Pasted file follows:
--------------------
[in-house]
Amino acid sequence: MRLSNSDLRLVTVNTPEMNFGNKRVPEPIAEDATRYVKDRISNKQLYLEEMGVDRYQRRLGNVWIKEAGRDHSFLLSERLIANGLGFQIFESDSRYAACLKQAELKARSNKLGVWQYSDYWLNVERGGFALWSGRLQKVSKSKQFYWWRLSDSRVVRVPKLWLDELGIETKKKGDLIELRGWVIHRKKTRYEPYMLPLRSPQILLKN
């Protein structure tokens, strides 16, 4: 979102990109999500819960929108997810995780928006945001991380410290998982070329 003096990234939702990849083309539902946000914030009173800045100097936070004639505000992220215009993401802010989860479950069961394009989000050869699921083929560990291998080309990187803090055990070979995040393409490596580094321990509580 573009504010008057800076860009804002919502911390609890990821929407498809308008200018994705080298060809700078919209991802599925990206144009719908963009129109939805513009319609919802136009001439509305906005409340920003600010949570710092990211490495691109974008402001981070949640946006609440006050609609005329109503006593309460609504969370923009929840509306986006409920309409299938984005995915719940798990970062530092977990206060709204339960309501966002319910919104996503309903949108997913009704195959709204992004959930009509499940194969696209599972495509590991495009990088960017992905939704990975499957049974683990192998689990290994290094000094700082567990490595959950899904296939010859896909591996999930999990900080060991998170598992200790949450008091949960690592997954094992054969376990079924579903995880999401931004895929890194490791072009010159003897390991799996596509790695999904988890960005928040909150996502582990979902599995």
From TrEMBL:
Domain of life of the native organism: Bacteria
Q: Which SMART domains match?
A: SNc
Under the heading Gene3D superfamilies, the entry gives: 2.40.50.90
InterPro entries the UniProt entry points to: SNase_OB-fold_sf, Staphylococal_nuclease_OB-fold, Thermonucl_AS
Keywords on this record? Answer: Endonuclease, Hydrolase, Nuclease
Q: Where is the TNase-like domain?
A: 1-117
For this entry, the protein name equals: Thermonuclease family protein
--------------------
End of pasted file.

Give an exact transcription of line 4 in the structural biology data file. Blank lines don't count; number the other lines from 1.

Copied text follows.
From TrEMBL: